One of the very best films to come out in the last couple of years hits DVD today and you haven’t seen it. Why Revolutionary Road, Sam Mendes’ tragically beautiful adaptation of Richard Yates’ novel, failed to connect with moviegoers is a question that has many answers: In an era of hope, it was too depressing; the core audience of 25-to-54-year-olds didn’t want to see their internal fears visualized with such damning reality; and, despite the presence of Leonardo DiCaprio and Kate Winslet, it just wasn’t Titanic. Whatever the reason, though, the fact remains that with just under $23 million in box office receipts and only three nominations from the Academy, Revolutionary Road will go on the ledger as a failure. But, fear not! Your disregard of this lovely film can be rectified starting today. Here are three reasons why you should add Revolutionary Road to your Netflix queue, post-haste.
Kate Winslet is actually the lead!
Unlike her overrated and Oscar-winning performance in The Reader, where she is barely onscreen for half the film, Ms. Winslet is the full-fledged lead in Revolutionary Road. In fact, part of us imagines she actually won her coveted Academy Award for Revolutionary Road anyway, if only because the work is so strong. As April Wheeler, Ms. Winslet is towering; this performance is the female equivalent of Daniel Day-Lewis in There Will Be Blood. At turns manic, infuriating, sympathetic and downright crazy, Ms. Winslet has never been better. And like any truly great performance, she lifts her co-stars—notably Leonardo DiCaprio—to places that outweigh their talent.
Michael Shannon is the future of creepy!
It was fitting that Christopher Walken was the actor to honor Michael Shannon during the Supporting Actor nominee roll call at the Oscars; in the next 10 years, Mr. Shannon will end up getting all the roles that Mr. Walken used to get when he was younger. His performance in Revolutionary Road is vintage Walken—we’re talking Deer Hunter-level subtly and wild-eyed menace. Frankly, it’s hard to even see this as a performance—we simply believe some part of Michael Shannon was the deranged truth teller that he portrays. As crazy as that sounds, we don’t think a higher compliment could be given.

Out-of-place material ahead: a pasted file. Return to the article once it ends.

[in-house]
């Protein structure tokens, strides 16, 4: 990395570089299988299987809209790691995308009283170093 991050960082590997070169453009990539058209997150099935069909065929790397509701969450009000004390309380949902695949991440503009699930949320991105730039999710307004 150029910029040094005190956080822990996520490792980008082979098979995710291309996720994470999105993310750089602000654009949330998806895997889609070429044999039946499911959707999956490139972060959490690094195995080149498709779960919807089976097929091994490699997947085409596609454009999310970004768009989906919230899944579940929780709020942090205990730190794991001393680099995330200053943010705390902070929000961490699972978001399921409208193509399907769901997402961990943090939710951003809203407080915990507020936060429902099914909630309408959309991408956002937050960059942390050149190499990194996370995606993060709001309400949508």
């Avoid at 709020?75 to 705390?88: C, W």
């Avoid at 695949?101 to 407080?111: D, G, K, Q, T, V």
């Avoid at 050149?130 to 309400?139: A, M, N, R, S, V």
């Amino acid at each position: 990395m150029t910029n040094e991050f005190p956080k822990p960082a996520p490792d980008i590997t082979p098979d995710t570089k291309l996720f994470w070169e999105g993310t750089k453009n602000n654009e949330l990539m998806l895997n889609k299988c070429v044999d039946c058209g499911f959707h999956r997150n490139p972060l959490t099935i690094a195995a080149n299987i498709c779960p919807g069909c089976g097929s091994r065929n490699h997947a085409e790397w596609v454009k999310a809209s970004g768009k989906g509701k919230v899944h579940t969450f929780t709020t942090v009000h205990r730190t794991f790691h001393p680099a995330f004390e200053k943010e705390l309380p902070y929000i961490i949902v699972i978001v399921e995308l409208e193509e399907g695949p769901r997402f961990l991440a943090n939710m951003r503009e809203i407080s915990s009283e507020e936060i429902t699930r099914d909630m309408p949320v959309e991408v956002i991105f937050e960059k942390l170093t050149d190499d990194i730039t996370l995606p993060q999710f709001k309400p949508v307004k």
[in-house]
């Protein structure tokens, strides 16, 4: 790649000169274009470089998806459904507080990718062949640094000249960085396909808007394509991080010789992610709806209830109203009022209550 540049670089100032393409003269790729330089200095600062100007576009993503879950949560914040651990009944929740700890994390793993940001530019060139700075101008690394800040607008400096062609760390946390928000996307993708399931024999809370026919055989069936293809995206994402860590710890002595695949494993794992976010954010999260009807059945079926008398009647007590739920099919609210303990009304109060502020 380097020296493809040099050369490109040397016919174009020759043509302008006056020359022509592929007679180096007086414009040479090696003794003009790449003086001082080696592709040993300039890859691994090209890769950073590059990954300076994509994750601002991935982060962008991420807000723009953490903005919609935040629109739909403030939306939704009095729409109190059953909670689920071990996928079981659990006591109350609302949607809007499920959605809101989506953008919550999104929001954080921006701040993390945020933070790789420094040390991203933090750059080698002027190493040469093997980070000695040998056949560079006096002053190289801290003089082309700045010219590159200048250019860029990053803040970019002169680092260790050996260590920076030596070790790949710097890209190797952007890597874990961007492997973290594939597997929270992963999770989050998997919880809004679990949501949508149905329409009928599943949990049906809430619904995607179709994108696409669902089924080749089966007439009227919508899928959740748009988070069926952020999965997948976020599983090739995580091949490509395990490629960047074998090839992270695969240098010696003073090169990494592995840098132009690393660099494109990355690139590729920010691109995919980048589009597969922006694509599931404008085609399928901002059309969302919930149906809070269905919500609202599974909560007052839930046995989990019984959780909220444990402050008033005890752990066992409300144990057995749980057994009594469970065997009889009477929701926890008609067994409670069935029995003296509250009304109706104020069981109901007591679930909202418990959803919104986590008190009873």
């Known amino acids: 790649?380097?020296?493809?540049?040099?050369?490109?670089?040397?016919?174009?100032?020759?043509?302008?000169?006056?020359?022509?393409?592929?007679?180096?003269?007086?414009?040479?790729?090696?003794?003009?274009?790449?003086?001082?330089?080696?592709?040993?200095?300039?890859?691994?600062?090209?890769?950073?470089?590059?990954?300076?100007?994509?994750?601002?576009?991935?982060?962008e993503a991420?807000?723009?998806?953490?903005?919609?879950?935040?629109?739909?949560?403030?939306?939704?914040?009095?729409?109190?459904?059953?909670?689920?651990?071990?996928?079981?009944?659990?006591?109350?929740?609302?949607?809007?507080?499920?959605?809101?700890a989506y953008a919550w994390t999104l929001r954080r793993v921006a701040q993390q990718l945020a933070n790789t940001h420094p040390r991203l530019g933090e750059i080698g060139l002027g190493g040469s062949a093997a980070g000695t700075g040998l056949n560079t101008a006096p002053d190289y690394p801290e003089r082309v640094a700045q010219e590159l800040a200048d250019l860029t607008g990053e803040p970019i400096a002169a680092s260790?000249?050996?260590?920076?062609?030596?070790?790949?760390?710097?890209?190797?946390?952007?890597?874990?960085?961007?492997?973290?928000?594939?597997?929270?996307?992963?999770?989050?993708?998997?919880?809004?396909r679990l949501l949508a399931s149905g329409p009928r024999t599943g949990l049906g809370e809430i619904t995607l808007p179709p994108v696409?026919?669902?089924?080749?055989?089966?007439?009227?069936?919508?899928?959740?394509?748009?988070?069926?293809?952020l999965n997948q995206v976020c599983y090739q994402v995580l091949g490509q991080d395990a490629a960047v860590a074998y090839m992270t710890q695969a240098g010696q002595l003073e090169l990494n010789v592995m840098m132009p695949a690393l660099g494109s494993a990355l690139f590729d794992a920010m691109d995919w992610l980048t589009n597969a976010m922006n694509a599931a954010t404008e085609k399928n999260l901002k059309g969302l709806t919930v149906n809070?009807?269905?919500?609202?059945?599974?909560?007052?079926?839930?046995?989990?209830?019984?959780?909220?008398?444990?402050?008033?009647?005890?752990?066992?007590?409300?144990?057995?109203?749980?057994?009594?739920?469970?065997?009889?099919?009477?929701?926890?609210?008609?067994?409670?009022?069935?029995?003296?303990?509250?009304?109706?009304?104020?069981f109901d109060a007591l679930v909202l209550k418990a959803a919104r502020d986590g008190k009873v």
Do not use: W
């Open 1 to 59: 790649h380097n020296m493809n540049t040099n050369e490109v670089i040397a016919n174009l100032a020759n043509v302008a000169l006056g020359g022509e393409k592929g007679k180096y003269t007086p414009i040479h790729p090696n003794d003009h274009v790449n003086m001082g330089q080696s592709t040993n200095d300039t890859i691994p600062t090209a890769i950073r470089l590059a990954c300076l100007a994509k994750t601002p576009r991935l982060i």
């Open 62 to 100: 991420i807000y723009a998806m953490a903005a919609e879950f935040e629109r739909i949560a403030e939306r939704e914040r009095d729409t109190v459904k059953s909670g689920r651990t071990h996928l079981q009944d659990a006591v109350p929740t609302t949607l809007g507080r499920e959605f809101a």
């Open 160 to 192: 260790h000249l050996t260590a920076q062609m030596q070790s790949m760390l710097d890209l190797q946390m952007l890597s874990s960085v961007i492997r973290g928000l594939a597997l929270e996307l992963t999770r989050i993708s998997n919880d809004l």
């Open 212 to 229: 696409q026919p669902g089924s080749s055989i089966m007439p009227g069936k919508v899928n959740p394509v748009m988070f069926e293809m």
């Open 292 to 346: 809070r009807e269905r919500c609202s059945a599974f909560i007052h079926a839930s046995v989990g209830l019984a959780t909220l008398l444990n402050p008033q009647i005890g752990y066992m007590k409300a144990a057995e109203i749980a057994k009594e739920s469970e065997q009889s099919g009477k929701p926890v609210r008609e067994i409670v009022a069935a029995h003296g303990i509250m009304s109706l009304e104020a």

The movie treads where Richard Yates fears!
We’re not going to sit here and tell you that the movie was better than the book, but … we kinda dug the ending to Mr. Mendes’ film a bit more than what was on the page. Spoilers if you haven’t read the book in the last, oh, 40 years: Thanks to April’s suicide note (“Dear Frank, Whatever happens, please don’t blame yourself”), we always felt Mr. Yates let Frank off the hook a tad too easily. Mr. Mendes, on the other hand, has none of this: April never leaves a note, so Frank is never absolved of responsibility for her death. The bleakness of the ending surprised us then and it still sits with us now. We never thought Mr. Mendes had a movie like this in him, but he’s clearly turned a corner as an artist; suffice it to say, we can’t wait to see what he does with the admittedly more happy-looking Away We Go.